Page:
Put some pepper in a bowl of water. Have your child dip their finger into the pepper. When they pull their finger out, they’ll see pepper grains clinging to their skin. Then have them put soap on their finger and ask them to put it back in the water. They’ll see that the pepper races away from the soap. It’s fascinating to watch. Try it!

We can also talk to them about how many people’s lives could be at risk if we aren’t careful as a whole society. We could teach principles, so they understand that this pandemic is not about survival of the fittest but protection of the weakest.

Children Need Humor

Coronavirus seems to have spawned as many memes in a couple of months as all other world events have over the past decade! People are finding delightful ways to laugh, even in the most dire of circumstances.

Laughter is the best medicine. Dozens of research studies emphasize that humor – even the morbid kind – reduces stress and anxiety. Physiologically, humor stimulates our organs and reduces tension and stress. It boosts our immune system and relieves pain. Psychologically, it drops anxiety and alleviates depressed mood. It lessens stress. And humor makes our social interactions stronger.  

Children Need Help

One of the most concerning aspects of the pandemic and lockdown is the feelings of helplessness that we all feel, especially our children. But when our children help others, they feel empowered. They feel like they have agency. They sense that they can exert some control over their lives. This is a powerful antidote to anxiety and depression. Plus, research utilizing MRI technology shows that altruism activates the same parts of the brain that are stimulated by food and sex!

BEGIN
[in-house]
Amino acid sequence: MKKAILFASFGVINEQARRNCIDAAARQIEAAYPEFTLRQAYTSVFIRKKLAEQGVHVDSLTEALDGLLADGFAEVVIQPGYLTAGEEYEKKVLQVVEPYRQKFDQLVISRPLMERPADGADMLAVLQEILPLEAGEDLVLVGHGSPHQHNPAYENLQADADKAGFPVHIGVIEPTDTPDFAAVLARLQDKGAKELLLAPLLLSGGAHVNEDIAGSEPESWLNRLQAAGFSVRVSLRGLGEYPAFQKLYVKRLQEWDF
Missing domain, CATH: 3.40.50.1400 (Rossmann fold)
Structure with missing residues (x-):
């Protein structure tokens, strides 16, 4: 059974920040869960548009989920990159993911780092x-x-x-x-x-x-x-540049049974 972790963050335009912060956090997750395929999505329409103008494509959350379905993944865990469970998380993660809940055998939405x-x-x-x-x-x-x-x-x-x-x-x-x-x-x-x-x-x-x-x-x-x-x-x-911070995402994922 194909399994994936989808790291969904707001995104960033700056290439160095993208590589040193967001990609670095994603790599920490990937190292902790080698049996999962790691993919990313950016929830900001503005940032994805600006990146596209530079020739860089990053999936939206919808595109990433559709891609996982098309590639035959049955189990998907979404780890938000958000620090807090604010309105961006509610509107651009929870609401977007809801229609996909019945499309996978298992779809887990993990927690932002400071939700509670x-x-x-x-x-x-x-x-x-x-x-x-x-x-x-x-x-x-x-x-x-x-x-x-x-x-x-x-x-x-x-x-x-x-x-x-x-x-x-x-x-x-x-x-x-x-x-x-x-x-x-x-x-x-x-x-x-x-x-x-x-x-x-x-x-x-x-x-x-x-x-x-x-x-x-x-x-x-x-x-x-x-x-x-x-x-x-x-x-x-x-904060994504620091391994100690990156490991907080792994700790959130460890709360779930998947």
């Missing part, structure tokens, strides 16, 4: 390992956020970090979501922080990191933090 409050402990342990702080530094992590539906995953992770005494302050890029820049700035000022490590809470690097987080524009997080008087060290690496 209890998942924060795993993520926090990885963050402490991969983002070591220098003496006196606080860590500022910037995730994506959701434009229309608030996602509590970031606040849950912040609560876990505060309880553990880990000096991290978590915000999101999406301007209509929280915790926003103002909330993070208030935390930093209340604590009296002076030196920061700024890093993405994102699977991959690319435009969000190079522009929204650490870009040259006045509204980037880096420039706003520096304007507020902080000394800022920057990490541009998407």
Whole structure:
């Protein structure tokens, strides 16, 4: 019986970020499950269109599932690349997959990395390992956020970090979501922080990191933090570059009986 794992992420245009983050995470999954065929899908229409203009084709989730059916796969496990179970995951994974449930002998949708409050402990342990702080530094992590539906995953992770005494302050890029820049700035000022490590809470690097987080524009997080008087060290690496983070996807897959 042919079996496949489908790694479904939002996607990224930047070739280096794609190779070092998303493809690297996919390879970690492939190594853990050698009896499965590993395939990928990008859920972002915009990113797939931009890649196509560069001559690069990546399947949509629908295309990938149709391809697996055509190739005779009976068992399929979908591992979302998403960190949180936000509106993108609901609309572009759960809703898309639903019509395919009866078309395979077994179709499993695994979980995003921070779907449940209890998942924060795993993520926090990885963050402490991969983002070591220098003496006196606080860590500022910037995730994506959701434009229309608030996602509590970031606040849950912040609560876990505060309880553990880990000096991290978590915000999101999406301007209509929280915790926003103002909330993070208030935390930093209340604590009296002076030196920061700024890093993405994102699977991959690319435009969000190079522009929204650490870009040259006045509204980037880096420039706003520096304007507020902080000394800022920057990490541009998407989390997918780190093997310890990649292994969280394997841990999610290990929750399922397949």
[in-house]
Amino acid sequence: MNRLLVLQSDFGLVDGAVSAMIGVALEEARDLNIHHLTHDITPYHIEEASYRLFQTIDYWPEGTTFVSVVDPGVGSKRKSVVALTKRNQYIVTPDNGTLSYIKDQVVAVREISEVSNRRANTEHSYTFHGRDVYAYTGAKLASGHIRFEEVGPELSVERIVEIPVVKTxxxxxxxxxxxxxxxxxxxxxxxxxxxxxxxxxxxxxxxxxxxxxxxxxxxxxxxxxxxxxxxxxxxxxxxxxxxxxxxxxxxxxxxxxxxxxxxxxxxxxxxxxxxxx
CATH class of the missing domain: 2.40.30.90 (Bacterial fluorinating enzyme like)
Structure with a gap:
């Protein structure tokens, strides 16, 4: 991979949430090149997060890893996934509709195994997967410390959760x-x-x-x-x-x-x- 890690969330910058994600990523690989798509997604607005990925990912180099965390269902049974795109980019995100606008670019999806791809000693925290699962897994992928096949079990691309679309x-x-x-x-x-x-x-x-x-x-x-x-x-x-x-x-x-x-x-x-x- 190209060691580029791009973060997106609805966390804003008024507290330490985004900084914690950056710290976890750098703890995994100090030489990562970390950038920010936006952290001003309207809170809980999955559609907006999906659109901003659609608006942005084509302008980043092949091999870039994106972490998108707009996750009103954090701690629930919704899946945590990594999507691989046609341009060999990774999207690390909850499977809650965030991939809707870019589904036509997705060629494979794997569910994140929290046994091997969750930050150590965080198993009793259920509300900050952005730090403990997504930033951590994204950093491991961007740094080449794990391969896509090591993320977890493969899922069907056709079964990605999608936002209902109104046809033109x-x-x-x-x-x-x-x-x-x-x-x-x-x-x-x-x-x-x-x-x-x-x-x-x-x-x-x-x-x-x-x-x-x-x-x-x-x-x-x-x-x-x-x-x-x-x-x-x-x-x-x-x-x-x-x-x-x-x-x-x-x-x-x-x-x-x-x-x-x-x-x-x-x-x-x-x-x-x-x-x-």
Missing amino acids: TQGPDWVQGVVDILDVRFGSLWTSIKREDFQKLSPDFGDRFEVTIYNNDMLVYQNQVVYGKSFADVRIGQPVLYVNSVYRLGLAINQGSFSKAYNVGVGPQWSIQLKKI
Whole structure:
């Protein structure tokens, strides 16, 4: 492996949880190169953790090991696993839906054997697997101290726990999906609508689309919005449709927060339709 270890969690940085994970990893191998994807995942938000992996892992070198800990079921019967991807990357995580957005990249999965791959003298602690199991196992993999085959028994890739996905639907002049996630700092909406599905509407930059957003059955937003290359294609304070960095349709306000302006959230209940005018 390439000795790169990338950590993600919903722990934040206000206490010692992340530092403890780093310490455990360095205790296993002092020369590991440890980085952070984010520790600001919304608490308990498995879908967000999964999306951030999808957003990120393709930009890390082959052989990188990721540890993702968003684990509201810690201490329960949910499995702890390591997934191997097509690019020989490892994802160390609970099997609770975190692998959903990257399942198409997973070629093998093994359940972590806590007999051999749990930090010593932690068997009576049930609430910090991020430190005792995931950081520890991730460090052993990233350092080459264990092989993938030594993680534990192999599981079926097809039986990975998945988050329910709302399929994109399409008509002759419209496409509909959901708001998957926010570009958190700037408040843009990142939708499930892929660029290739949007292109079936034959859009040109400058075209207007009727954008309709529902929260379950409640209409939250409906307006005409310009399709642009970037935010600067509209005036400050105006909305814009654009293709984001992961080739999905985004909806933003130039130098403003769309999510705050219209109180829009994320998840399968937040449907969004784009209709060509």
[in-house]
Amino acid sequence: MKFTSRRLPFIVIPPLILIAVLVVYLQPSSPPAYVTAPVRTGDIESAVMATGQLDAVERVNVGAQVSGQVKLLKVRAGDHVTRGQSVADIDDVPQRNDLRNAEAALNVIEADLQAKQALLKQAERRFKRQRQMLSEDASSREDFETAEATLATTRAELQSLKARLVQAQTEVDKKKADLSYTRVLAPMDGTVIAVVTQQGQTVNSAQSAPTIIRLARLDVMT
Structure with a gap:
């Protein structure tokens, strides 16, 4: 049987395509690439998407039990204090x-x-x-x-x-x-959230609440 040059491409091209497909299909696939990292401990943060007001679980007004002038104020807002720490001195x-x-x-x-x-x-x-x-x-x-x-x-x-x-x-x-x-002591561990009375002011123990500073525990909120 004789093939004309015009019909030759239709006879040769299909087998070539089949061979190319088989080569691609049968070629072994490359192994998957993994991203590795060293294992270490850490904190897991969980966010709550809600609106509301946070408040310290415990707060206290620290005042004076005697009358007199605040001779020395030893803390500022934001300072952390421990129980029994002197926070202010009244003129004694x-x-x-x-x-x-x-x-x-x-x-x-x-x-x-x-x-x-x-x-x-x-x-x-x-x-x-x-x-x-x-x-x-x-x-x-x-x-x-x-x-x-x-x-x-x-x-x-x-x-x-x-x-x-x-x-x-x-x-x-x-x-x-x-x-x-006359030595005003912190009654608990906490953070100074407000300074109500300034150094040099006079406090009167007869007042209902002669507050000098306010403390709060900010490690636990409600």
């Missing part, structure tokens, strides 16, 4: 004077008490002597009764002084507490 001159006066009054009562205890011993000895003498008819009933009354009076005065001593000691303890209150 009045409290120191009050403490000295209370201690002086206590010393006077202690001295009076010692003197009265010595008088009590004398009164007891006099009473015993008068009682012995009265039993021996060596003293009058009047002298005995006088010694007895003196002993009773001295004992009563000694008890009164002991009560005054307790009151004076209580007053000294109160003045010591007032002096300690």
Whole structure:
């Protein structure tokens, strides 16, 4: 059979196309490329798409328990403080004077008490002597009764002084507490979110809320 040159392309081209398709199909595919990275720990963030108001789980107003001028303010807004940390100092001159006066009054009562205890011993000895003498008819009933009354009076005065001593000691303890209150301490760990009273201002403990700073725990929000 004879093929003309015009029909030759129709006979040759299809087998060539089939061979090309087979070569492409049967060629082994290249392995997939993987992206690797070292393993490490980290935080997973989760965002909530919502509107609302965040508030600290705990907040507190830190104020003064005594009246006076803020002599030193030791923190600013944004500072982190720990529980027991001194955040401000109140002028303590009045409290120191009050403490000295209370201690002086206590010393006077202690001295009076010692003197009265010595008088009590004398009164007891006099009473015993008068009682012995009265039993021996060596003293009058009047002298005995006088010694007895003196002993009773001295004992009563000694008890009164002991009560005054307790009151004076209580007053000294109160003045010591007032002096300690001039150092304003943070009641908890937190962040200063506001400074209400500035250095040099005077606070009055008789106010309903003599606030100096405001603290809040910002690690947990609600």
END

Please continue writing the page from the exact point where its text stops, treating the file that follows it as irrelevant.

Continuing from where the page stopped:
So, let them help. Brainstorm some ideas together. Can you drop a meal off to someone more at risk? Can you deliver toilet paper to the elderly in your neighborhood like so many children in neighborhoods around the country? Is there an acquaintance that is feeling lonely that could use a phone call? Can you sing with others in your neighborhood, from one balcony to another?

Children Need Hope

For many of us, this is a frightening time. Economically, it’s a breathtakingly brutal time. Jobs are being lost. Industries are closing. The dollar is tanking. And then there is the incalculable cost of people dying.

In spite of this, it is also a remarkably hopeful time. Right now, changes are happening that will make the world a better place. Right now, people are developing disruptive technology that will ultimately improve how we live on this planet. Right now, tens of thousands of people are working on solutions that will revolutionize some parts of how we live.

How will we respond? How can we share that with our children? Can we show our kids that even if our business crumbles, we won’t? Can we be resilient enough to stop asking “why me?” when things go wrong, and instead stand tall and say, “try me?”

These choices matter. Let’s stand tall, have hope, and set a resilient example for our children.

Remember that although a lot of things have been cancelled, life hasn’t.

Dr. Justin Coulson is a bestselling author, husband, and father of six. His latest book is 10 Things Every Parent Needs to Know